Your R&D team needed a new Azure Cosmos DB database to store the data it collects when it tests the new drone it's developing. The team asked you to make sure that all successful attempts to access the data are logged. The team also wanted you to log access to another storage account that it has already created for storing design documents.
By using Bicep, you were able to create a template with child resources. You used the template to create an Azure Cosmos DB account, database, and container. You used extension resources to configure the diagnostics settings for the Azure Cosmos DB account and send its logs to a Log Analytics workspace. You also used the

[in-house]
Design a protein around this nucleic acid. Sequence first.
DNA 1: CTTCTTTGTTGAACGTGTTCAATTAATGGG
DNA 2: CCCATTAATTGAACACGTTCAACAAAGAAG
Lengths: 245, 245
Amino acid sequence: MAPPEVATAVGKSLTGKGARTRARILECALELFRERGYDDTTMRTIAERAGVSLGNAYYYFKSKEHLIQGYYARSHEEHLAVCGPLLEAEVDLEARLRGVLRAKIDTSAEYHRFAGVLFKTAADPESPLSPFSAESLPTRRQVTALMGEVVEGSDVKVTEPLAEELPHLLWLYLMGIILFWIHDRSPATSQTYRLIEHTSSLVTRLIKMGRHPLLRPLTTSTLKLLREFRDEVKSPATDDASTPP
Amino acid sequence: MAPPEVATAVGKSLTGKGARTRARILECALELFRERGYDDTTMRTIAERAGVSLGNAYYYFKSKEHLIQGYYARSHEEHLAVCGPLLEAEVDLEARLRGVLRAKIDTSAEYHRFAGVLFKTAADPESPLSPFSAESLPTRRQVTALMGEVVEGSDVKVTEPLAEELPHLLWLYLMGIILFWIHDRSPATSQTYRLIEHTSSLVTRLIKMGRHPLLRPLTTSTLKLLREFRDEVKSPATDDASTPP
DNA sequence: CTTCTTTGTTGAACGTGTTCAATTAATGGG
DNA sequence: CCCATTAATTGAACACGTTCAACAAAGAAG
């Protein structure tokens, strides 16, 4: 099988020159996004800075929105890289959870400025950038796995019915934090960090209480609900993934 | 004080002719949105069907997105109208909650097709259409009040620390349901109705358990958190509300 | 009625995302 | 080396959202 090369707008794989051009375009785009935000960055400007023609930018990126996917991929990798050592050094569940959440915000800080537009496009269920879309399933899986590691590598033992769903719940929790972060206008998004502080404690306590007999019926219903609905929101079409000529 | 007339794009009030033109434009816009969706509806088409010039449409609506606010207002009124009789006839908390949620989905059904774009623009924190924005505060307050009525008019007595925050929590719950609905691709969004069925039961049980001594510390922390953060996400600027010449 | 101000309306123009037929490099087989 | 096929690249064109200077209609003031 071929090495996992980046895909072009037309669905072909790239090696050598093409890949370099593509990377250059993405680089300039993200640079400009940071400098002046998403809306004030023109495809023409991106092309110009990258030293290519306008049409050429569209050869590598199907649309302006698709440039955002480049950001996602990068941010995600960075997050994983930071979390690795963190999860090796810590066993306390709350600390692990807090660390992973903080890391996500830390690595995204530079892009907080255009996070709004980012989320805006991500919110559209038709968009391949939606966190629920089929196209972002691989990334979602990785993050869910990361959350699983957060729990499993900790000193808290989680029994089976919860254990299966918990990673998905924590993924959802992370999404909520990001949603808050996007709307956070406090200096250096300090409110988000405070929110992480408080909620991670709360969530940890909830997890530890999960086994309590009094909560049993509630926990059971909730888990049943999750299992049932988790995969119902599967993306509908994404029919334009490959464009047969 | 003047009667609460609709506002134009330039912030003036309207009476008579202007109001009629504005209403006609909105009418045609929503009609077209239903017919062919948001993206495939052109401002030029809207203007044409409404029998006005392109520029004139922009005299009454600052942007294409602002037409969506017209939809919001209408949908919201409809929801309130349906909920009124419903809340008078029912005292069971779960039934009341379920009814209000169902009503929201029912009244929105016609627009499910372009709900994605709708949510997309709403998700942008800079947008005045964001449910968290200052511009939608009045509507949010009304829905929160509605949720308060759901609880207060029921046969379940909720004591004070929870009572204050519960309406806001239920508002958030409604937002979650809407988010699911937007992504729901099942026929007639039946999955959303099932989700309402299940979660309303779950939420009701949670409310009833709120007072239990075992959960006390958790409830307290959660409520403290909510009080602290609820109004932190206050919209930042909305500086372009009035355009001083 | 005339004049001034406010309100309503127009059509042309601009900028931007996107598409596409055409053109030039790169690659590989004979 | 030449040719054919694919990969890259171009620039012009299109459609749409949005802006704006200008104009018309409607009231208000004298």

existing keyword so that you could add diagnostics settings to the R&D team's storage account.
Creating comprehensive and powerful Bicep templates requires you to understand child and extension resources. Without using these features of the Bicep language, you would be limited in what you can model in your infrastructure as code templates.